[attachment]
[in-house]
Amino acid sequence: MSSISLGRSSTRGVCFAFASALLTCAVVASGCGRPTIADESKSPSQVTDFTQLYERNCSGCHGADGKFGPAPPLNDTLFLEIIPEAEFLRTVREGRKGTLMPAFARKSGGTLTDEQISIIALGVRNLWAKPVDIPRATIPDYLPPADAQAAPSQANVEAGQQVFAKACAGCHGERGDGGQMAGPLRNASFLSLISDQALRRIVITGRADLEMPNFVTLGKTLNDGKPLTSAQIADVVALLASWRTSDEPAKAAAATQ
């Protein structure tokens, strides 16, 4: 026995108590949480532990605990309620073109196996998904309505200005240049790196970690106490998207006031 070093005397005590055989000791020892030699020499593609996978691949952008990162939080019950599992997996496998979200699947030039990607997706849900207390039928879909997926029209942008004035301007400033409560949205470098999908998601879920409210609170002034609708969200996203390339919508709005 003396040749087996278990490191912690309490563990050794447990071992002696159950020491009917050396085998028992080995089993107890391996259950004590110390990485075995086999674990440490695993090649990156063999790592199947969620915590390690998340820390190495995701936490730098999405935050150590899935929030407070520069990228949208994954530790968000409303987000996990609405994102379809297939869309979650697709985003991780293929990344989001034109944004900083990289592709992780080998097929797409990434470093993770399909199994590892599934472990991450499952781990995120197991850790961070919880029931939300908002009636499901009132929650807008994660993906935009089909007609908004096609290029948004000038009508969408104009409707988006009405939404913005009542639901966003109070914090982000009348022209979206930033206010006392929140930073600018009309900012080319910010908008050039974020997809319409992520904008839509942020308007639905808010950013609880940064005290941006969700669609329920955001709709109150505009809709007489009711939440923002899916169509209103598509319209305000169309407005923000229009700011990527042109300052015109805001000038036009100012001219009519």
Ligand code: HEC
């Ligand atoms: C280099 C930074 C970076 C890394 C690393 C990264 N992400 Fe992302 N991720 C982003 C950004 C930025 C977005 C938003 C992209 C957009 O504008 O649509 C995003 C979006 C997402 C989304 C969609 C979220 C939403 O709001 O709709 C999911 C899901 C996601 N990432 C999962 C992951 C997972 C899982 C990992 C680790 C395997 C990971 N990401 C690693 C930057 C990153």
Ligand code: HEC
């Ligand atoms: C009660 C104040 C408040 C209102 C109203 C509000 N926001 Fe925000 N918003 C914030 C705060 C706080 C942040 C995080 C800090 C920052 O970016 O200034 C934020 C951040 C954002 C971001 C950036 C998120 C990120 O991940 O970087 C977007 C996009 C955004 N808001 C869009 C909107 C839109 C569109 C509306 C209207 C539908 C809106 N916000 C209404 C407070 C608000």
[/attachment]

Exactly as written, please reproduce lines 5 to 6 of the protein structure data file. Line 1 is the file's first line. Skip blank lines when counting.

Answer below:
């Ligand atoms: C280099 C930074 C970076 C890394 C690393 C990264 N992400 Fe992302 N991720 C982003 C950004 C930025 C977005 C938003 C992209 C957009 O504008 O649509 C995003 C979006 C997402 C989304 C969609 C979220 C939403 O709001 O709709 C999911 C899901 C996601 N990432 C999962 C992951 C997972 C899982 C990992 C680790 C395997 C990971 N990401 C690693 C930057 C990153």
Ligand code: HEC